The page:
Minnesota’s Hmong Farmers Drive Local Food Economy
Posted On: September 26, 2018
A VOA Article reports: “Hmong farmers in St. Paul, Minnesota have the best advocate for their business enterprises: themselves, working together.
Originally from China, the Hmong are an Asian ethnic group that migrated to Vietnam and Laos in the 18th century. They have never had a country of their own. After the Vietnam War ended, many resettled in the U.S., giving the U.S. the largest Hmong population outside of Asia. The population in Minnesota is more than 60,000, second behind the state of California.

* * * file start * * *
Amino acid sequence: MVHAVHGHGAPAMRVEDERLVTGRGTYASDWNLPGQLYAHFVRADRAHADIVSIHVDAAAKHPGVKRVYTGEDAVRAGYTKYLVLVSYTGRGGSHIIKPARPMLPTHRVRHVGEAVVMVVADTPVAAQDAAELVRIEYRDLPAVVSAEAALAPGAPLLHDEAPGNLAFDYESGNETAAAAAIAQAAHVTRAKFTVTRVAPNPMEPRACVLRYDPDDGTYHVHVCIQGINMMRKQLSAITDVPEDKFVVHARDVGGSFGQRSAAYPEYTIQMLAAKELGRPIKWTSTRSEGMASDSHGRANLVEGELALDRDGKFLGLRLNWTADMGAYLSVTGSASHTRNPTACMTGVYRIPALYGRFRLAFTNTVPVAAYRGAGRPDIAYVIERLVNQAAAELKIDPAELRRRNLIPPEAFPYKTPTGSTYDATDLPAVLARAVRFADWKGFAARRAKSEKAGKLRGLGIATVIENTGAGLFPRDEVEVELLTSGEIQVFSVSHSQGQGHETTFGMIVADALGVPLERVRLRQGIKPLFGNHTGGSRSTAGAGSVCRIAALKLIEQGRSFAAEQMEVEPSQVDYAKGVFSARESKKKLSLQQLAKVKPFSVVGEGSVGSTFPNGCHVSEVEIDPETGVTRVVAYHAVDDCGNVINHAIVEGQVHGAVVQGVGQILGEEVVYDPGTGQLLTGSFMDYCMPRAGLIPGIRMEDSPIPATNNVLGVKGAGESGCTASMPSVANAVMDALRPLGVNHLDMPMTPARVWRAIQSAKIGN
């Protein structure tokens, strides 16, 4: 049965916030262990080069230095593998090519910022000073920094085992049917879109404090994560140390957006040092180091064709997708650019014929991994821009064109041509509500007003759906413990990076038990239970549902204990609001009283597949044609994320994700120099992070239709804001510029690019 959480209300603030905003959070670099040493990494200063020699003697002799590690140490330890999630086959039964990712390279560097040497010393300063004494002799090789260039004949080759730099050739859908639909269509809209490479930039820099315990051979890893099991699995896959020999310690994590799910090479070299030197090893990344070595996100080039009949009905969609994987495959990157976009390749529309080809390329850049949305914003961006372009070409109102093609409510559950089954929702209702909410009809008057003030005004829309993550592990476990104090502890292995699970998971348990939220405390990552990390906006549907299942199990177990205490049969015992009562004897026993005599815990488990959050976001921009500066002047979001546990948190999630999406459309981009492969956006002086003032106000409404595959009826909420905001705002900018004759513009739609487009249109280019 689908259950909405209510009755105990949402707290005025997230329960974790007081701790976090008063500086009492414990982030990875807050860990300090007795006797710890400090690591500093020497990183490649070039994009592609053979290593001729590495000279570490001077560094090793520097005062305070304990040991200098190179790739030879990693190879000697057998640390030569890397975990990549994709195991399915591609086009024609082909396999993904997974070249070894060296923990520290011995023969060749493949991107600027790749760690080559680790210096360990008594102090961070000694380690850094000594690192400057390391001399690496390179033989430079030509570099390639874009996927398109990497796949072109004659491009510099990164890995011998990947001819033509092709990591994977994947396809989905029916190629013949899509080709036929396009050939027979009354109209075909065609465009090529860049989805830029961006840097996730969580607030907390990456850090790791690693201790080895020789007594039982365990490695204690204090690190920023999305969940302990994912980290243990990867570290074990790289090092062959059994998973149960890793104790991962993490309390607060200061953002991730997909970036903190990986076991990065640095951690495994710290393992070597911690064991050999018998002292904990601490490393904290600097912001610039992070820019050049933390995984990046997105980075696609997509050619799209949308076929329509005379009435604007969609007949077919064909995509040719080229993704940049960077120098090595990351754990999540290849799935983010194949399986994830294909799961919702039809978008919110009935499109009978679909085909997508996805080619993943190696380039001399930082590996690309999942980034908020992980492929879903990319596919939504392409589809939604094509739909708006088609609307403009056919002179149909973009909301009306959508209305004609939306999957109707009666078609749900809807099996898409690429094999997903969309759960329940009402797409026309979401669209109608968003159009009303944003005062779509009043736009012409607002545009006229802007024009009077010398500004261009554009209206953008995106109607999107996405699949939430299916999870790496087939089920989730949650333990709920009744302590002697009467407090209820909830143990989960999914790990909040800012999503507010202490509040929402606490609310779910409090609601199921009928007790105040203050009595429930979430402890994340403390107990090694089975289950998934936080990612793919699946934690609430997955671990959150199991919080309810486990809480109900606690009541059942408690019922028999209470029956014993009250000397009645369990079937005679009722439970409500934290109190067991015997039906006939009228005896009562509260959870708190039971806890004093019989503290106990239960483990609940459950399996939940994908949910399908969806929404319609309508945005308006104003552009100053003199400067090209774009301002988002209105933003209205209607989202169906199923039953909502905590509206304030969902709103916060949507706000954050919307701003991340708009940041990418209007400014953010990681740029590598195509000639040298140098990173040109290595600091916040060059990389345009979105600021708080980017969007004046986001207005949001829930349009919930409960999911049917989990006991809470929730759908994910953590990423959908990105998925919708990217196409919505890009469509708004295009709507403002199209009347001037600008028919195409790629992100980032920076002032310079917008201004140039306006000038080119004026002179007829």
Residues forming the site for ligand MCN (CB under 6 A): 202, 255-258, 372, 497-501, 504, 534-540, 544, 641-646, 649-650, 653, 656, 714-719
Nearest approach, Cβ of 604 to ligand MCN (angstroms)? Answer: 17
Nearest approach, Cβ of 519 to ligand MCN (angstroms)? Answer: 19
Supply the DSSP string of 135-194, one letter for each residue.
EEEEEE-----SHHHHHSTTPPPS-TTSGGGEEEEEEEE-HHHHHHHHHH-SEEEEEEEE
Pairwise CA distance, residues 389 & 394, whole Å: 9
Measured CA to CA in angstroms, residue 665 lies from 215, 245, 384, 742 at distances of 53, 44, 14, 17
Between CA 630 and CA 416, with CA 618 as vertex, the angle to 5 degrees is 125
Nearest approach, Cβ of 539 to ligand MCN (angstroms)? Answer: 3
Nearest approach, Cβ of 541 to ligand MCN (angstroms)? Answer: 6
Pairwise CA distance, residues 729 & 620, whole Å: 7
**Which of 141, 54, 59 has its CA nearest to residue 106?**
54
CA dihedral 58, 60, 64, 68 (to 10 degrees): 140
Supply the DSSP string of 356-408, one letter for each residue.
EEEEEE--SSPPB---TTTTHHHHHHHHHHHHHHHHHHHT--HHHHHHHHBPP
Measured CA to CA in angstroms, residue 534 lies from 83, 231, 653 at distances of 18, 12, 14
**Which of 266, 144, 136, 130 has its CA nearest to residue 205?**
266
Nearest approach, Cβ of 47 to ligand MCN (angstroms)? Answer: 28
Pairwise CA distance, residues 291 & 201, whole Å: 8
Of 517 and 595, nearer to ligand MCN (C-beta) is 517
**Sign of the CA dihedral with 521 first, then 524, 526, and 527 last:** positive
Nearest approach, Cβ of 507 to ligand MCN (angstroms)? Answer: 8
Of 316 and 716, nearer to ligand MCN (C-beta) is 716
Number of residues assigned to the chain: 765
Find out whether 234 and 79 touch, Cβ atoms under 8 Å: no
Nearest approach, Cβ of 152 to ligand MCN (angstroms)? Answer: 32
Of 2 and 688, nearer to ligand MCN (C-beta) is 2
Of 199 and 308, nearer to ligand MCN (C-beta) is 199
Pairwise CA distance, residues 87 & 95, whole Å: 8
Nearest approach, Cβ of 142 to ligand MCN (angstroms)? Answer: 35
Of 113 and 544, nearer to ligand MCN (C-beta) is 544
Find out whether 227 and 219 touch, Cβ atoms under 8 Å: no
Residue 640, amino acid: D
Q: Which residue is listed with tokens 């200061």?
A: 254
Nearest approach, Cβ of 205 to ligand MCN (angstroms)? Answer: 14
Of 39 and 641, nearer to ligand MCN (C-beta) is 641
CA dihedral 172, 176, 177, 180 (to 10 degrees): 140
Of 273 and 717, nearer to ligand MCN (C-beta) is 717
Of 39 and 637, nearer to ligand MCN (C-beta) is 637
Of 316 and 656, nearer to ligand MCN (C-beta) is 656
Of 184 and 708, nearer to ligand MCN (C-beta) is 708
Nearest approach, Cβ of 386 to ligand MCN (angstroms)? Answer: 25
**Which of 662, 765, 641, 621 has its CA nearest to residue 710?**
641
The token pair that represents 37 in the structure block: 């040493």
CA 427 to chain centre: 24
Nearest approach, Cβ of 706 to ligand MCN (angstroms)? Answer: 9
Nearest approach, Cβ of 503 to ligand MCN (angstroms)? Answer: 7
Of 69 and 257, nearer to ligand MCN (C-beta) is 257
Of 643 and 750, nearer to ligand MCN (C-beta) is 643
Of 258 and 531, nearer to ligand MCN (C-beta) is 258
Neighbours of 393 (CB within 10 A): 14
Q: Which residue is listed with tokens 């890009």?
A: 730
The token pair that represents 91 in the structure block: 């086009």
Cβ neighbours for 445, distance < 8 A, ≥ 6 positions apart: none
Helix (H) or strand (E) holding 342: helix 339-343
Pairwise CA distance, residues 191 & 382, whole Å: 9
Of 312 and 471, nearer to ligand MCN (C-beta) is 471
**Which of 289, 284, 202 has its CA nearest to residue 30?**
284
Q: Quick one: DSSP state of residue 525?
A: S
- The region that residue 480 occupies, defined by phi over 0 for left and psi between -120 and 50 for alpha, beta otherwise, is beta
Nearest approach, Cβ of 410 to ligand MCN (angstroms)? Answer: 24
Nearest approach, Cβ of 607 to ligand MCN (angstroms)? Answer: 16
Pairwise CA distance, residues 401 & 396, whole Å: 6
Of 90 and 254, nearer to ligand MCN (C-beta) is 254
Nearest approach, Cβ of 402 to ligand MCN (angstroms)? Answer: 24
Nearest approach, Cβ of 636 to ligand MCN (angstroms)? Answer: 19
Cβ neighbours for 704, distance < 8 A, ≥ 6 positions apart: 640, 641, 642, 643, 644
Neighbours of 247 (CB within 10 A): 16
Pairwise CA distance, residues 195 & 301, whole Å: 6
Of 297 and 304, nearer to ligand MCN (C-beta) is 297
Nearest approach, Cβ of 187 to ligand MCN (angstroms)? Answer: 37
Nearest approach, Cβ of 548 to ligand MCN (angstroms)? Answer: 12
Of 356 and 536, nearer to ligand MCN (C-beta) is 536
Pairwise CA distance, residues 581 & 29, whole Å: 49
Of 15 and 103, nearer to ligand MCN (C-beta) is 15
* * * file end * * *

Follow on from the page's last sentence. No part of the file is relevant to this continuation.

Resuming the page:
The Hmong, who are long time farmers, did what they knew best when they got to Minnesota. And by the late 1980’s they spearheaded the revitalization of local farmers’ markets, making them some of the most vibrant in the city.
But the Hmong also discovered that as immigrant farmers, they faced barriers in buying land, obtaining financing, accessing markets and building sustainable family businesses. They were struggling. To combat all that, a group of Hmong farmers established the non-profit Hmong American Farmers Association (HAFA) in 2011.”